Be realistic, too. The best content marketing strategies are part of a comprehensive outreach plan that includes digital advertisements, signage, and other creative methods for connecting with your targeted clientele.

5. Determine Ways To Measure Success

The best marketing professionals come with an arsenal of data, and you can too. The only way you’ll know if you are reaching your goals is if you can determine ways to measure the impact. Some key performance indicators, or KPIs, can be:

  • Rate of increase in organic website traffic, measured by Google Analytics
  • Ranking of targeted keywords in blogs
  • Number of new email addresses collected through a sales funnel on your website
  • Views and comments on videos
  • Increase in the number of followers on social media platforms

Let’s say your content marketing goals are to increase local sales conversion, and you’ve researched the keywords people in your community are searching for. Think the process through: You can offer a free blog answering common questions with a call to action at the end of the blog to learn more by clicking on a landing page on your website. Then, you can see how many visitors go to that page, and measure your success.

6. Brainstorm Content Marketing Topics

It’s a common story: an entrepreneur initiates a strategy, even going so far as to hire a content creator for small business development. They come up with a few topics that they think potential customers would be interested in. They publish with some success. Then, organic traffic starts to grow, and everyone gets busy. Content marketing, then, goes on the back burner.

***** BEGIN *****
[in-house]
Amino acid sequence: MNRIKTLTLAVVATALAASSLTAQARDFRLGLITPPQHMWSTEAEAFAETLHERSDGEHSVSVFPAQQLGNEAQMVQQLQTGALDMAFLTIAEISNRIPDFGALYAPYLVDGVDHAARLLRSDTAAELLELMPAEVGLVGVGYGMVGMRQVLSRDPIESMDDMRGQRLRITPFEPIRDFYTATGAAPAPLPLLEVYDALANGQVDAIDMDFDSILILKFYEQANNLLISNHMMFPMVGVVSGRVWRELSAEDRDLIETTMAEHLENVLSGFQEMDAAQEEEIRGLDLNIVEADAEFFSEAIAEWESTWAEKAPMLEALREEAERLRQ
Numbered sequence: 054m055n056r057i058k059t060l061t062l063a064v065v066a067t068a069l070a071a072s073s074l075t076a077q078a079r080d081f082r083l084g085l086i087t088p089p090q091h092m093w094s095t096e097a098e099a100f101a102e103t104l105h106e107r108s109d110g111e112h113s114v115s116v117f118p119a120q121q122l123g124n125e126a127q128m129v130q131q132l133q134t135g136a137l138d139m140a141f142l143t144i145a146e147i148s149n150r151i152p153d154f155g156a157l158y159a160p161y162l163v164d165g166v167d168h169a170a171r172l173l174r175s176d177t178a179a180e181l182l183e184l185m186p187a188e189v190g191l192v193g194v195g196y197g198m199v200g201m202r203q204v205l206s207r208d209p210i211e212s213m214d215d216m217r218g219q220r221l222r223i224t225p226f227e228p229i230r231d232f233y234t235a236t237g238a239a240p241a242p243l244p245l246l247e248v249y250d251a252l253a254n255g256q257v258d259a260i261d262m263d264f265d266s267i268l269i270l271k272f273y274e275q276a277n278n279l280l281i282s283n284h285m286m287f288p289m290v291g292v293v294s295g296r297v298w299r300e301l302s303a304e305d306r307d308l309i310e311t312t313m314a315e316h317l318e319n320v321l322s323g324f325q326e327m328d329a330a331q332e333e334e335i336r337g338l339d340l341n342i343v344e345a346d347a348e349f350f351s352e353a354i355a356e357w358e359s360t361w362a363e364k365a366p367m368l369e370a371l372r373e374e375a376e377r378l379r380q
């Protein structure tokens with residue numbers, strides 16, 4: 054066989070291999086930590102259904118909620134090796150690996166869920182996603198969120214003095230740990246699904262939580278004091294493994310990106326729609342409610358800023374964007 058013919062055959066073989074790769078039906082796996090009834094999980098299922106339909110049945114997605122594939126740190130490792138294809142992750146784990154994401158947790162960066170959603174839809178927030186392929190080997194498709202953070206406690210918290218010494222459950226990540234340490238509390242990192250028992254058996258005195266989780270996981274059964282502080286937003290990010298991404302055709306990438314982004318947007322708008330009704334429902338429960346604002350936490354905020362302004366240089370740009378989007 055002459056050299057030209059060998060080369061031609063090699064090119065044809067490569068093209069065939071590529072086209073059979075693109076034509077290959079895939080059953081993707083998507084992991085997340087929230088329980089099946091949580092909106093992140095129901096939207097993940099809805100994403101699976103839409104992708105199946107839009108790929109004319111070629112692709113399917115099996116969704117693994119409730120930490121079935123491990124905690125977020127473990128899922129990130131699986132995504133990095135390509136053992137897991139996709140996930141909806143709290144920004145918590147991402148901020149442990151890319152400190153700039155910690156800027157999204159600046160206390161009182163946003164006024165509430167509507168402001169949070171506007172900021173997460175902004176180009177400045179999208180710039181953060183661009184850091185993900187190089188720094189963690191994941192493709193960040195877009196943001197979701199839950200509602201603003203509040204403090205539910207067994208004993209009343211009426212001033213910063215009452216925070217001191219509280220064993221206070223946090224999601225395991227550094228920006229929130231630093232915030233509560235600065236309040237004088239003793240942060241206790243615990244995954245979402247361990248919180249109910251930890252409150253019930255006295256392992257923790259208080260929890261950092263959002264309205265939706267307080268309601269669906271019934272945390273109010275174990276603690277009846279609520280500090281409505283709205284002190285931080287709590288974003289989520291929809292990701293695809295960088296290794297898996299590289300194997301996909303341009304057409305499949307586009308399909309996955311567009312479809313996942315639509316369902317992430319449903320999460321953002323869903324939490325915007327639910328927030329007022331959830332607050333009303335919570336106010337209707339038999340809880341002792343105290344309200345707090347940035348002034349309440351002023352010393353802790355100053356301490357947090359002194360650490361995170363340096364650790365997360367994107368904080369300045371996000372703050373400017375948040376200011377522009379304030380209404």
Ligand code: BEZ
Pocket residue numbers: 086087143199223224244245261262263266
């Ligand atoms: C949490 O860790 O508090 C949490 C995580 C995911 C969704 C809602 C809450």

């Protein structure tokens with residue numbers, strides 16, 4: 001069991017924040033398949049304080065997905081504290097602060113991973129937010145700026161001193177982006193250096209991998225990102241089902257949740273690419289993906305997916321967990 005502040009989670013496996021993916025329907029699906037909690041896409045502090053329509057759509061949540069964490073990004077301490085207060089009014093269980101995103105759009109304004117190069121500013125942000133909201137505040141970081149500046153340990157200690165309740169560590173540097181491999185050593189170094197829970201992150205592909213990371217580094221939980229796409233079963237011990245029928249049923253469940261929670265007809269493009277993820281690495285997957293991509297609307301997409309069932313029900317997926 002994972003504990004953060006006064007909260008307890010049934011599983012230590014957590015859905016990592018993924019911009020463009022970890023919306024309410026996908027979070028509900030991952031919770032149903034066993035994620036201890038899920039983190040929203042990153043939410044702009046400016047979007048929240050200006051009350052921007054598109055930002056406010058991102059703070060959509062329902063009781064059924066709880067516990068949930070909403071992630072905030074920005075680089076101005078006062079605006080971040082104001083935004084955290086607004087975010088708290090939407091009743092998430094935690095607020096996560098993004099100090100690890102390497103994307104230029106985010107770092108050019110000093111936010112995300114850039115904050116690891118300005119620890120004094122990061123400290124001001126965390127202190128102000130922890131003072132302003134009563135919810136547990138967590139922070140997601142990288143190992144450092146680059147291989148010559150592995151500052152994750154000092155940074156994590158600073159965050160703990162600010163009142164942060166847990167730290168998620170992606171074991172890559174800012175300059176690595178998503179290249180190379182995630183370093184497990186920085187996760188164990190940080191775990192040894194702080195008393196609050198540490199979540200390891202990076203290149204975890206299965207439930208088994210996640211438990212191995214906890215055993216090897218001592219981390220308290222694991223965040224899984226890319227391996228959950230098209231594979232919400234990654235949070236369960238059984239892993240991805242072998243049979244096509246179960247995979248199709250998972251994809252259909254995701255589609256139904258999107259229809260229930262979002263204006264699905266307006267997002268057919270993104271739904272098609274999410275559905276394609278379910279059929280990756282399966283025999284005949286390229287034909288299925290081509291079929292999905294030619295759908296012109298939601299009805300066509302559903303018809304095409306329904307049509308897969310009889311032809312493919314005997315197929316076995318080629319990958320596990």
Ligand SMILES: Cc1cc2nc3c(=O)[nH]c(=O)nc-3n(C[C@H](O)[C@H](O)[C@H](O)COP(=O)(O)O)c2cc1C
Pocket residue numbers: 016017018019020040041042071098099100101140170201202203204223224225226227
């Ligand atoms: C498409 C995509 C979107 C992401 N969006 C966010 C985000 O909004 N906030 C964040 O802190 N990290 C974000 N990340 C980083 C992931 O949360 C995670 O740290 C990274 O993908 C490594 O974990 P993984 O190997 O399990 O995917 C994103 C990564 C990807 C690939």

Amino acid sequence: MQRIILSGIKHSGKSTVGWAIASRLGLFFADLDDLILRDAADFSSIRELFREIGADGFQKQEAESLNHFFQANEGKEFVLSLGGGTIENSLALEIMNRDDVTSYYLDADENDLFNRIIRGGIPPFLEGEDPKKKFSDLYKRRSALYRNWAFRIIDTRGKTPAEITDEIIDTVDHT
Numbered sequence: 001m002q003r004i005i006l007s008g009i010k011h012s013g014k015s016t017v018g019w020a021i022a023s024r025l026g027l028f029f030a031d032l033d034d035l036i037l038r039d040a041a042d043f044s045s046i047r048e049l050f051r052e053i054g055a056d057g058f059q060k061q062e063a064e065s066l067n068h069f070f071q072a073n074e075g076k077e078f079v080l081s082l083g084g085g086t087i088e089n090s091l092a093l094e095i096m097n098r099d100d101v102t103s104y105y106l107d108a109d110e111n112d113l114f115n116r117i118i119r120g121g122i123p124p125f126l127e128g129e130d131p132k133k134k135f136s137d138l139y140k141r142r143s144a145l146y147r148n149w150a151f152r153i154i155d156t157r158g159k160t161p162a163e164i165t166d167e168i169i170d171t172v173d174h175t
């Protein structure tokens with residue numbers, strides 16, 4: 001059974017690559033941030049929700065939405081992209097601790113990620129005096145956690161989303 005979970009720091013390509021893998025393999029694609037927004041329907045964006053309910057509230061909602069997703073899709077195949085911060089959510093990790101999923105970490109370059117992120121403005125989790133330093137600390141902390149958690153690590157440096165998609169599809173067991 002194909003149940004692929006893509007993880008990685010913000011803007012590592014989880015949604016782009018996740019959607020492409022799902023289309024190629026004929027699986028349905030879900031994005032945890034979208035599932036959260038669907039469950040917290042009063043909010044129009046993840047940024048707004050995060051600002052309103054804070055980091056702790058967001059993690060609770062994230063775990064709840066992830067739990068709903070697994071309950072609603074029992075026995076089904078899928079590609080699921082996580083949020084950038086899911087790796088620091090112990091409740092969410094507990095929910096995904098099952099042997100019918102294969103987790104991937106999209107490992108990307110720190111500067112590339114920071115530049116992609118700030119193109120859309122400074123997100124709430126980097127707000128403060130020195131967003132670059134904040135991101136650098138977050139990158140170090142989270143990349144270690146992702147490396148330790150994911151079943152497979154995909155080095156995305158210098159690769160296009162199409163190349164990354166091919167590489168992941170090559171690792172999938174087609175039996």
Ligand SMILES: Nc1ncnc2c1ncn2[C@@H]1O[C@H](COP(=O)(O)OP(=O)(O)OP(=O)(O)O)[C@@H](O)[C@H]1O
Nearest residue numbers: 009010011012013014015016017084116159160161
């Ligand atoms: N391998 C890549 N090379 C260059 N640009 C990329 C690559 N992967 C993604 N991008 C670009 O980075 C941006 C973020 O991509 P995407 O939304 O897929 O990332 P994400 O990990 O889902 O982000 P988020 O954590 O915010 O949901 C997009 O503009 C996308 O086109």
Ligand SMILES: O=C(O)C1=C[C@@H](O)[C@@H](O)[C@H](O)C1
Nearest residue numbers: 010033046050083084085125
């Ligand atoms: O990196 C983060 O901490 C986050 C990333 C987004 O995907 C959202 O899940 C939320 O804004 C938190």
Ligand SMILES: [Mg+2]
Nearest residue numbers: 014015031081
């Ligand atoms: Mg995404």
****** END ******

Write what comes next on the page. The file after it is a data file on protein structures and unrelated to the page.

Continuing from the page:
This is akin to deciding to stop taking that heart medication just because you’re feeling well. You must be consistent in your publishing schedule, especially when you are starting to see success. To do this, you must make time before publishing even the first blog, video, or social media post to brainstorm topics. Do it before you get busy.

When coming up with topics, always keep your customers at the front of your mind. What kinds of questions are you regularly asked? What do you always wish they would know before working with you? The value of your content grows when you can address specific questions and problems of your target audience. That’s how you gain loyalty and position yourself as an expert in your industry.

7. Make a Realistic Schedule

If you’re not working with a content creation agency, you may discover that consistent publishing can be a challenge. There’s only so much time in the week!